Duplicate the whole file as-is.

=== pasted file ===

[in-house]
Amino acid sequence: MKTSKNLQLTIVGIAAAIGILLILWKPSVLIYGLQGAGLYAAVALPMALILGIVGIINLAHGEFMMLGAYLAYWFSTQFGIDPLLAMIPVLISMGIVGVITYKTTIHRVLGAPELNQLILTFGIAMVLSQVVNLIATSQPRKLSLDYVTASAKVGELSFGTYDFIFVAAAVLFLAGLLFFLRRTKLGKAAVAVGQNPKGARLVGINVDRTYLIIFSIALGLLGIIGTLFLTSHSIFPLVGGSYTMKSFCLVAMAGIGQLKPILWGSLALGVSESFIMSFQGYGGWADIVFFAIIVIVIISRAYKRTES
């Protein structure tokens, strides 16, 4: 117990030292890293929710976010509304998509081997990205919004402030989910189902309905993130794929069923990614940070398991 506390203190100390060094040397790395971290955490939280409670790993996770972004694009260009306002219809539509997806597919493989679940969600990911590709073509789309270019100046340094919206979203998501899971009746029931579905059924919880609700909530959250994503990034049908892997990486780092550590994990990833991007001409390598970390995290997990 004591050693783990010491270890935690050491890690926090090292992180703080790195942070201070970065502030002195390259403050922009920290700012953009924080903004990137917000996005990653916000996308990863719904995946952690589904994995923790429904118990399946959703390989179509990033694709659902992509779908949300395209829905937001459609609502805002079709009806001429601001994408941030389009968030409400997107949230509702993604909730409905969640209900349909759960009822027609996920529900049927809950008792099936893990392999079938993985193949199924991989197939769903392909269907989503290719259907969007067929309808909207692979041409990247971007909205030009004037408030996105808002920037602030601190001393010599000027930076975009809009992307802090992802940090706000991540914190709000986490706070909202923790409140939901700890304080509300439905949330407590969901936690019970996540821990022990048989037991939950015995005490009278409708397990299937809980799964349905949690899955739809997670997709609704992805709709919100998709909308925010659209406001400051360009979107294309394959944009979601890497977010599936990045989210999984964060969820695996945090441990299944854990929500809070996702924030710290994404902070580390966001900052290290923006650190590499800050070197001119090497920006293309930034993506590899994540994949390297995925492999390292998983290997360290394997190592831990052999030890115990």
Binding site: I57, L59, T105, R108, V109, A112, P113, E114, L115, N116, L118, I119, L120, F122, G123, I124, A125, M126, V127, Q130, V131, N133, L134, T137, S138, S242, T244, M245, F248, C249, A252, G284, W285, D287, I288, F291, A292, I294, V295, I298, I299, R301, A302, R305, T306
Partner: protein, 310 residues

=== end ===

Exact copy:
[in-house]
Amino acid sequence: MKTSKNLQLTIVGIAAAIGILLILWKPSVLIYGLQGAGLYAAVALPMALILGIVGIINLAHGEFMMLGAYLAYWFSTQFGIDPLLAMIPVLISMGIVGVITYKTTIHRVLGAPELNQLILTFGIAMVLSQVVNLIATSQPRKLSLDYVTASAKVGELSFGTYDFIFVAAAVLFLAGLLFFLRRTKLGKAAVAVGQNPKGARLVGINVDRTYLIIFSIALGLLGIIGTLFLTSHSIFPLVGGSYTMKSFCLVAMAGIGQLKPILWGSLALGVSESFIMSFQGYGGWADIVFFAIIVIVIISRAYKRTES
């Protein structure tokens, strides 16, 4: 117990030292890293929710976010509304998509081997990205919004402030989910189902309905993130794929069923990614940070398991 506390203190100390060094040397790395971290955490939280409670790993996770972004694009260009306002219809539509997806597919493989679940969600990911590709073509789309270019100046340094919206979203998501899971009746029931579905059924919880609700909530959250994503990034049908892997990486780092550590994990990833991007001409390598970390995290997990 004591050693783990010491270890935690050491890690926090090292992180703080790195942070201070970065502030002195390259403050922009920290700012953009924080903004990137917000996005990653916000996308990863719904995946952690589904994995923790429904118990399946959703390989179509990033694709659902992509779908949300395209829905937001459609609502805002079709009806001429601001994408941030389009968030409400997107949230509702993604909730409905969640209900349909759960009822027609996920529900049927809950008792099936893990392999079938993985193949199924991989197939769903392909269907989503290719259907969007067929309808909207692979041409990247971007909205030009004037408030996105808002920037602030601190001393010599000027930076975009809009992307802090992802940090706000991540914190709000986490706070909202923790409140939901700890304080509300439905949330407590969901936690019970996540821990022990048989037991939950015995005490009278409708397990299937809980799964349905949690899955739809997670997709609704992805709709919100998709909308925010659209406001400051360009979107294309394959944009979601890497977010599936990045989210999984964060969820695996945090441990299944854990929500809070996702924030710290994404902070580390966001900052290290923006650190590499800050070197001119090497920006293309930034993506590899994540994949390297995925492999390292998983290997360290394997190592831990052999030890115990």
Binding site: I57, L59, T105, R108, V109, A112, P113, E114, L115, N116, L118, I119, L120, F122, G123, I124, A125, M126, V127, Q130, V131, N133, L134, T137, S138, S242, T244, M245, F248, C249, A252, G284, W285, D287, I288, F291, A292, I294, V295, I298, I299, R301, A302, R305, T306
Partner: protein, 310 residues